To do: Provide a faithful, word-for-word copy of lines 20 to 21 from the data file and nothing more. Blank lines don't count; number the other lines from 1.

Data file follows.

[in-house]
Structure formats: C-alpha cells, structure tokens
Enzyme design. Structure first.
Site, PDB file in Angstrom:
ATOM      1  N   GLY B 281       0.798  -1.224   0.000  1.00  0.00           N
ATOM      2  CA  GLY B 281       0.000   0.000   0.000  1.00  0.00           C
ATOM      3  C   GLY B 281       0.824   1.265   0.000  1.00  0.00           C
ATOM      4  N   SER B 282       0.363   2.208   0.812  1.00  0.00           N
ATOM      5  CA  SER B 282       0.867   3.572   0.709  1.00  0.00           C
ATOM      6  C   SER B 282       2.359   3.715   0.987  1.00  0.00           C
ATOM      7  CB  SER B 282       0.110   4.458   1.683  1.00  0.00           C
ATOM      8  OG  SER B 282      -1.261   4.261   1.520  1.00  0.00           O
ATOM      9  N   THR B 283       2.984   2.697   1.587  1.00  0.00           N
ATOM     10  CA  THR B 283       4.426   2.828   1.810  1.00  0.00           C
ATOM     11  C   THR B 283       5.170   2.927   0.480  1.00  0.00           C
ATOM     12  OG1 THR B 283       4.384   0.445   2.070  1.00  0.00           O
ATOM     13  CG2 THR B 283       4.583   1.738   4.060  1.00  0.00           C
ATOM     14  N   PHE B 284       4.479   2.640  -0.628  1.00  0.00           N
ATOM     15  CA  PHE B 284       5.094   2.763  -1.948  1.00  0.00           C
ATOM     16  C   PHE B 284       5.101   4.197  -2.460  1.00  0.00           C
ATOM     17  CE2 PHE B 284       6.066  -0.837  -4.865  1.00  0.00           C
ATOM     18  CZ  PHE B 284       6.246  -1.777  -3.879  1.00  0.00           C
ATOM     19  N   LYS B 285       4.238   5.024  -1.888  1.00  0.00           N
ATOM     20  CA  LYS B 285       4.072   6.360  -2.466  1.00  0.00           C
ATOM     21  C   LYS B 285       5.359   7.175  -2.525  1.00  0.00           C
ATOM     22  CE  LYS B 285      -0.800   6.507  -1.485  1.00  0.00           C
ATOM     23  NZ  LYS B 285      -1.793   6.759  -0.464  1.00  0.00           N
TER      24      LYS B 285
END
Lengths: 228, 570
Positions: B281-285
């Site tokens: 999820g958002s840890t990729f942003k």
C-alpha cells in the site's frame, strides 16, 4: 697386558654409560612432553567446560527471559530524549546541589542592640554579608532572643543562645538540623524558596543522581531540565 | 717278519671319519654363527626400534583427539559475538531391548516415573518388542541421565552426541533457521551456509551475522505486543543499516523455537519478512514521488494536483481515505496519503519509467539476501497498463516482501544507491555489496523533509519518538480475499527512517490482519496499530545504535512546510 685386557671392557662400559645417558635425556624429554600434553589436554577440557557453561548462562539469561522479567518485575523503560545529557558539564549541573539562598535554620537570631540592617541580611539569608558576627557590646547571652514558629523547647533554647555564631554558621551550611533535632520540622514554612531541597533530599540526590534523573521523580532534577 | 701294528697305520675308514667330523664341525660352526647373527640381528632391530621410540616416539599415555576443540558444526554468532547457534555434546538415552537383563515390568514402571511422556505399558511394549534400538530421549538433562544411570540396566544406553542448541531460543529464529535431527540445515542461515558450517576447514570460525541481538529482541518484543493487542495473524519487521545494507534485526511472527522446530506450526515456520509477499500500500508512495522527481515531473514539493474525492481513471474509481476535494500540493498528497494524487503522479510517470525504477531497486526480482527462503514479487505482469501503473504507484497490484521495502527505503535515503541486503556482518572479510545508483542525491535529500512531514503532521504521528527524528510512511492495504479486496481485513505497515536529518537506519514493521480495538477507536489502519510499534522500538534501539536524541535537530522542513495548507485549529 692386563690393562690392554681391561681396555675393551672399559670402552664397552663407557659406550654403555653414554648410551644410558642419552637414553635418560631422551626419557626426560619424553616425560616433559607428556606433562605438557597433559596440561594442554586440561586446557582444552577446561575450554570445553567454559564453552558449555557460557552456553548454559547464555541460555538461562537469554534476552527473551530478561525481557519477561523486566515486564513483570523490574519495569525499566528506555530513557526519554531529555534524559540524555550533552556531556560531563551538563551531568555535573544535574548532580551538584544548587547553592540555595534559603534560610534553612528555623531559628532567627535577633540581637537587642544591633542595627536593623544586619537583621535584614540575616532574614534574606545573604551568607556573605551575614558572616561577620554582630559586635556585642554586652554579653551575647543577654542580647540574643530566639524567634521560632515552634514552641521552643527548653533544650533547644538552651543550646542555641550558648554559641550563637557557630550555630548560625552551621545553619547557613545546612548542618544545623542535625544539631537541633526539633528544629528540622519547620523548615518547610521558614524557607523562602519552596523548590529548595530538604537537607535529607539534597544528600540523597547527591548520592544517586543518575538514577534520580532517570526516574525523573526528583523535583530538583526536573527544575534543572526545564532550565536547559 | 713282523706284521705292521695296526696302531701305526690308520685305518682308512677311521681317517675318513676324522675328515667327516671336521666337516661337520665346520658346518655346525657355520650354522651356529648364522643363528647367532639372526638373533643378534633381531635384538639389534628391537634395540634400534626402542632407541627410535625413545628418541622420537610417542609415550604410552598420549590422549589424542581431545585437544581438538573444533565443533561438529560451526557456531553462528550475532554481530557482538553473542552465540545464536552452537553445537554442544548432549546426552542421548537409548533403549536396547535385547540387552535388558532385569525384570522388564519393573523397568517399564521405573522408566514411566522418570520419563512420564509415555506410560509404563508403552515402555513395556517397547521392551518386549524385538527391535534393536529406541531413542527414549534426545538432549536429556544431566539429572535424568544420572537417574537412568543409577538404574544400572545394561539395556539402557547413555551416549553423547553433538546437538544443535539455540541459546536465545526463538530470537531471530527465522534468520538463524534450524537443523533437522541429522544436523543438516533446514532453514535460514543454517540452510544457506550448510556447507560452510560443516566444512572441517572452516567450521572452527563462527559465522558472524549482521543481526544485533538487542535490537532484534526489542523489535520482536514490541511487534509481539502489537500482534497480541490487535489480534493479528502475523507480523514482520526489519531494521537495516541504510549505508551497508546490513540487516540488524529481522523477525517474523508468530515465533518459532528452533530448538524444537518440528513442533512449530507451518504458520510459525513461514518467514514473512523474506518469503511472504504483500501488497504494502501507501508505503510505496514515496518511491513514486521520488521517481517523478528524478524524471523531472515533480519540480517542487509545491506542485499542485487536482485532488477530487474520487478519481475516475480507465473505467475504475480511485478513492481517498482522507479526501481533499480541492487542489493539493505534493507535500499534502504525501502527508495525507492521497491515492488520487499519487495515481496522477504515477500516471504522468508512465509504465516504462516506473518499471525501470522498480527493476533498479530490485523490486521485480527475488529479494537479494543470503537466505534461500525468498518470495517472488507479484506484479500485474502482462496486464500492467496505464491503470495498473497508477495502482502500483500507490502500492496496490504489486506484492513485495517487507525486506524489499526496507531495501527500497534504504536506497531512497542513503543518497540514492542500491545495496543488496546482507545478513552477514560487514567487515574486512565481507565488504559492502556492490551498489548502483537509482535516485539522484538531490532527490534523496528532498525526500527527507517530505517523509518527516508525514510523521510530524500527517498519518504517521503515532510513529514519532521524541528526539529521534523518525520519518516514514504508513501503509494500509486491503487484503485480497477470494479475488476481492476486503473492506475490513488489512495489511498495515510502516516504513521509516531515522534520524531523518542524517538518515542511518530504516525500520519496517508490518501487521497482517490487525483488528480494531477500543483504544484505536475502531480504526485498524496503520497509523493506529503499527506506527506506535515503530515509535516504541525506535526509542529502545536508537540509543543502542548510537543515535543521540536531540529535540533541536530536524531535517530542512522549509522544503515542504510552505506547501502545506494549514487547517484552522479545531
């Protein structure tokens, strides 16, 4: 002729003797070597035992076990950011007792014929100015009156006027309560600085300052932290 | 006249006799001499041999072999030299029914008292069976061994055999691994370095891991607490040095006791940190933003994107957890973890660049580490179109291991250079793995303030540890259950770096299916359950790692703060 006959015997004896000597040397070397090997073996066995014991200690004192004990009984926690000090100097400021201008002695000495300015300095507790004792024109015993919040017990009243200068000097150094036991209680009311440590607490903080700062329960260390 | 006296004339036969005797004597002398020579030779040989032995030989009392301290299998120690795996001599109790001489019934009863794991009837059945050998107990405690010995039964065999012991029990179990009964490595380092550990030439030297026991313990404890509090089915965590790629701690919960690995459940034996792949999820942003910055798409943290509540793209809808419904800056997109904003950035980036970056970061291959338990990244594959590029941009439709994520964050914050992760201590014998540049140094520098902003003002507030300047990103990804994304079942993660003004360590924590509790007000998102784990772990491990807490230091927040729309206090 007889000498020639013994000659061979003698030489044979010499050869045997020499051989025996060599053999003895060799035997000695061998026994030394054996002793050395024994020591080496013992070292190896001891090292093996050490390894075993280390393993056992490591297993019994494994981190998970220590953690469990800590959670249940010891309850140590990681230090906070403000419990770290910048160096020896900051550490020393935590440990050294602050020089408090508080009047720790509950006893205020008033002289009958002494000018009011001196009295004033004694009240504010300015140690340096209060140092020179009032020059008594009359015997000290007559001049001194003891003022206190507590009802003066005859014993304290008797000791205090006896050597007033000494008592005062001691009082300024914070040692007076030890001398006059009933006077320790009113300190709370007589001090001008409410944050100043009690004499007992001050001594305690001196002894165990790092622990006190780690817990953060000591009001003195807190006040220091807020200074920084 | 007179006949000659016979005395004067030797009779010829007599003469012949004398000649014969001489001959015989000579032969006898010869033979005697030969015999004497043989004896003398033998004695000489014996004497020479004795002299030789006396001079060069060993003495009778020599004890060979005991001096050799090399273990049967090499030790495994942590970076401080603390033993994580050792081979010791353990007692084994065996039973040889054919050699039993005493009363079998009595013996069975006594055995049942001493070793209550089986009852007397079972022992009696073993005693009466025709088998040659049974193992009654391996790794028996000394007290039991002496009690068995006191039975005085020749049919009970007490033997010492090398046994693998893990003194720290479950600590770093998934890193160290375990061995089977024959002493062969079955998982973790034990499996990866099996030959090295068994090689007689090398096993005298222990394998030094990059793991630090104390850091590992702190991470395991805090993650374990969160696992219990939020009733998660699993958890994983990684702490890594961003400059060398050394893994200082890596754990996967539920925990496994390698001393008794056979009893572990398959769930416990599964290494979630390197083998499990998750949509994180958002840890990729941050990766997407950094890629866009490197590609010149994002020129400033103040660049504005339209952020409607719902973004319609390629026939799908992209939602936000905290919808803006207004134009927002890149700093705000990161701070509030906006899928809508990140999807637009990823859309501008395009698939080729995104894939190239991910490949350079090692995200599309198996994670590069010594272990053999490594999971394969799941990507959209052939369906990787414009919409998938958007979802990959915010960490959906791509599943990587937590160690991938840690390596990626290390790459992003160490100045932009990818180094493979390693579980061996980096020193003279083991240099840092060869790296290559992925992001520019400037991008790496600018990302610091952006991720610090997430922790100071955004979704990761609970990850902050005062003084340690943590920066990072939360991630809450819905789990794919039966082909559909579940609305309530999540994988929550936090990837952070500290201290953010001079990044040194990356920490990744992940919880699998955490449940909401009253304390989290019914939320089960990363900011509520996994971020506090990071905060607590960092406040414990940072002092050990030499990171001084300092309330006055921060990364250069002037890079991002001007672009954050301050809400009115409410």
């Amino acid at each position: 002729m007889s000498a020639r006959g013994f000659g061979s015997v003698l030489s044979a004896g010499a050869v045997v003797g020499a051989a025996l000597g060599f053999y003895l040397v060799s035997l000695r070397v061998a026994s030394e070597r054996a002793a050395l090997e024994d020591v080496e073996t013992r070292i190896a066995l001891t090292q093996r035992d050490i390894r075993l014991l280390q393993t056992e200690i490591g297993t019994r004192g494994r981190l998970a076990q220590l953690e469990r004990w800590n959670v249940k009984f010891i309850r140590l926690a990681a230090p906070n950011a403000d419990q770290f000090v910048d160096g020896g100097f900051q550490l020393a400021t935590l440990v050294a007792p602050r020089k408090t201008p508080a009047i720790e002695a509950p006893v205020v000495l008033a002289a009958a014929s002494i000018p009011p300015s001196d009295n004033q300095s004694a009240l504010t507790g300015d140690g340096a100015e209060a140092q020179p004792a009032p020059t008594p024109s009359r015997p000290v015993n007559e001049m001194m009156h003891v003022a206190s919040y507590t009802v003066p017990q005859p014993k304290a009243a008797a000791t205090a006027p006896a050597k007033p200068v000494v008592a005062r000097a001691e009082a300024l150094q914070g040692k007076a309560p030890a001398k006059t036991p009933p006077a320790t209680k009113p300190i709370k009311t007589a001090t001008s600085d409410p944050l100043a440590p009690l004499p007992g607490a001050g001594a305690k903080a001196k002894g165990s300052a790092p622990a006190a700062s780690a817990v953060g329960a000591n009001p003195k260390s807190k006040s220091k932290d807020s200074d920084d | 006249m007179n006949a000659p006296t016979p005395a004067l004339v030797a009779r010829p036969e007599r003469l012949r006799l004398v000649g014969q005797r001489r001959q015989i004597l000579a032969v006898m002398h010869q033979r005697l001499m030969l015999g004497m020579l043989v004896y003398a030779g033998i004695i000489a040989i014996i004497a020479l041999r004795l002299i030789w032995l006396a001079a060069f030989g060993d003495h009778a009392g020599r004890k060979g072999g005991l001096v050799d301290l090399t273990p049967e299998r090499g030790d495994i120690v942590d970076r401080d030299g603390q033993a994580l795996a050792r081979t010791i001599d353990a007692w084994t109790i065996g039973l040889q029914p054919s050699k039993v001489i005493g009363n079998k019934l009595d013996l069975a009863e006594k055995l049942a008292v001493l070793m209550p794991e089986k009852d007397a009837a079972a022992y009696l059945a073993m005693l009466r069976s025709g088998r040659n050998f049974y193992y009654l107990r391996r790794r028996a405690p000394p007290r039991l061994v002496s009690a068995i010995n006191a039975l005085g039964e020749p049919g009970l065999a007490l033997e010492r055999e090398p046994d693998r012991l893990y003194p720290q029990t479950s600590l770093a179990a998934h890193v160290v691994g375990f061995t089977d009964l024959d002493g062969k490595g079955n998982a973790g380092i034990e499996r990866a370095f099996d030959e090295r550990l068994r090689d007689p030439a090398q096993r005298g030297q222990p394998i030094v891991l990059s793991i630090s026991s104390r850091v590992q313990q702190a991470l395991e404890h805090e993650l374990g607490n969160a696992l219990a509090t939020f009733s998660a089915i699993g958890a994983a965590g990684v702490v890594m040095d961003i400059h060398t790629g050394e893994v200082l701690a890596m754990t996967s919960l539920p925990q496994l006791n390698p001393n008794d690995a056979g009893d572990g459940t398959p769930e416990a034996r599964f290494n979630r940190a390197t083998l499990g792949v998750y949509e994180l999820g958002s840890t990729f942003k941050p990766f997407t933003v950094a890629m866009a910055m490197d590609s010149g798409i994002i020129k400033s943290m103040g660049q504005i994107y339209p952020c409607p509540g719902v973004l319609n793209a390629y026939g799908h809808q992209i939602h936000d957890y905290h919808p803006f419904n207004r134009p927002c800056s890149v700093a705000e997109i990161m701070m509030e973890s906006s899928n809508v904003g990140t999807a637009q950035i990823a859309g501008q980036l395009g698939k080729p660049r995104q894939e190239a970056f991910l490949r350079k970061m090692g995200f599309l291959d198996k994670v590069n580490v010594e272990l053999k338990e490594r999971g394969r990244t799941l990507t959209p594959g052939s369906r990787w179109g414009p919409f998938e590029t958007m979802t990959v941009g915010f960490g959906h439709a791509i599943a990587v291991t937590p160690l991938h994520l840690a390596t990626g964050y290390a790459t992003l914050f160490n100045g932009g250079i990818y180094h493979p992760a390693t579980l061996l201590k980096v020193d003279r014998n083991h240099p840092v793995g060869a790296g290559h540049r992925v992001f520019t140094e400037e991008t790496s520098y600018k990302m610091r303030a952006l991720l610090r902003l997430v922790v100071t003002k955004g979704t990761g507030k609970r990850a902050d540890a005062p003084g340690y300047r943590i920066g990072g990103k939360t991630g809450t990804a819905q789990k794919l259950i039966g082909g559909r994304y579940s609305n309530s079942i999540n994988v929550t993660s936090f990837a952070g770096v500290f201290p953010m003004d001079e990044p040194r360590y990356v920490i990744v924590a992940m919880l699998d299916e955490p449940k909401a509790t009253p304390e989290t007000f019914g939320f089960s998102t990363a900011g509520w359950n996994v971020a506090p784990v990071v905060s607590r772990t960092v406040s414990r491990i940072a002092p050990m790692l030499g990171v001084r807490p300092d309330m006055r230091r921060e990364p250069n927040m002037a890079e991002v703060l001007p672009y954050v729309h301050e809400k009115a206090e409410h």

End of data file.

ATOM     16  C   PHE B 284       5.101   4.197  -2.460  1.00  0.00           C
ATOM     17  CE2 PHE B 284       6.066  -0.837  -4.865  1.00  0.00           C